Q: My son is in college, and some of his professors allow recording of their lectures. He doesn't like recording with his smartphone, so we are looking for an inexpensive solution. Any recommendations?

A: The Olympus VN-541PC is an excellent small audio recorder that sells for $39.99. It has noise cancellation to remove extraneous noise, one-touch recording and can record up to 2,080 hours of audio on internal memory. Recordings can be reviewed using the built-in speaker or headphones, so your son can listen anywhere. Recordings also can be transferred to a computer for archiving. getolympus.com

I am sure one recorder is capable of recording all of his lectures for the semester, but if it gets to be awkward keeping everything organized, you might want to consider giving him a separate recorder for each class. The recorders can serve as "electronic notebooks," and he can erase and re-use them at the end of the year for the next set of classes. I would start with one recorder and see how it works out. You always can add more later if he wants to keep recordings separated by subject.

One caveat: You say "some" of the professors allow recording. Anyone interested in recording a professor — or anyone else, for that matter — should make sure they have permission first. Besides common courtesy, recording a presentation without permission could be a copyright violation.

Turning the tables

When I was in college, I used to visit a high-end audio gallery near campus and marvel at the quality, style and sound of the Linn Sondek LP12 turntable.

Introduced in 1972 and repeatedly refined since, the Sondek set the standard for sound quality and proved the prime importance of the turntable in the sound reproduction chain. In 2012, Stereophile Magazine placed the Sondek No. 1 on their list of the 100 most important components they ever reviewed.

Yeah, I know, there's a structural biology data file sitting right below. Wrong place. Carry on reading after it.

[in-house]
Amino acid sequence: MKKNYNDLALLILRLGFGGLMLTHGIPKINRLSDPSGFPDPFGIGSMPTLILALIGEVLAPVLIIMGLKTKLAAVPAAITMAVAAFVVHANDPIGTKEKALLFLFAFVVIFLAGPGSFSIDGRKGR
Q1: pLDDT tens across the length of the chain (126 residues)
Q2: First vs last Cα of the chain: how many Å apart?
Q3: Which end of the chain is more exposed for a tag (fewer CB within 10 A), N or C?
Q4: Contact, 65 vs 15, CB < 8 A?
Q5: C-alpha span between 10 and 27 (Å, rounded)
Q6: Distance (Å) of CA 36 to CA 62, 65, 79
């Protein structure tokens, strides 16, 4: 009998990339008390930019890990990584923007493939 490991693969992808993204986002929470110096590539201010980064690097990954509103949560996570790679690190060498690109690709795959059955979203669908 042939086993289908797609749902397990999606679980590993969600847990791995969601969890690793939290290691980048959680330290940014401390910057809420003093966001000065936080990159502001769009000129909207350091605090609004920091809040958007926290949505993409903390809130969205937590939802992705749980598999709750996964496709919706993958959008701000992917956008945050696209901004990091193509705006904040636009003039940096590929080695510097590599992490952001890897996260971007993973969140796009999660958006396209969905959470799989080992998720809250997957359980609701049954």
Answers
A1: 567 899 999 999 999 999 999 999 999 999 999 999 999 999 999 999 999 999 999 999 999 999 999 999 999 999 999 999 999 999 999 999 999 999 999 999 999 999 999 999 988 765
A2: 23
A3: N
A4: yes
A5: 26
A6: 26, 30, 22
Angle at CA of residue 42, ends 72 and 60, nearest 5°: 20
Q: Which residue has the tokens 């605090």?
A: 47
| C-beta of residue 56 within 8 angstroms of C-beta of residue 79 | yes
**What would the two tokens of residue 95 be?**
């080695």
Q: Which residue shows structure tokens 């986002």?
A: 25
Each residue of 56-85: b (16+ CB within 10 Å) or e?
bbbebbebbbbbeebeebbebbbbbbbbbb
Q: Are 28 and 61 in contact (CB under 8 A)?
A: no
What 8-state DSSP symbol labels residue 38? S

A new, fully equipped Sondek LP12 runs north of $20,000 these days, and can be fussy to set up and maintain. (Think of an ultra-high-end sports car requiring special tools and technicians.) Even the stripped-down Majik LP12, with a very modest arm and cartridge, is pricey, selling for $4,250. Though I still love the Sondek LP12, I think it is simply too expensive for what it offers and I never bought one.

Which leads us to the Pro-Ject Audio's The Classic. It brings a timeless style to a high-performance turntable selling for only $1,099 with a good starter cartridge. It looks like a Sondek clone with its beautiful surround of real wood and thick metal platter.

The Sondek plays in a different league in terms of performance and prestige, but The Classic will still bring high-end vinyl record sound to your listening room with definite pride of ownership to go with it. It's the most compelling turntable I've seen introduced in years, especially in that price range.

Recently I helped a friend build a system and had several turntable suggestions prepared, priced from $399 to $1,099. I showed her The Classic first, and she stopped me right there.

"No need to show me the others. I want it," she said. The Classic simply has that "gotta have it" appeal. It has outstripped sales projections and is back-ordered everywhere. I think it is worth the wait! Project-audio.com

Send questions to Don Lindich at donlindich@gmail.com. Get recommendations and read past columns at soundadvicenews.com.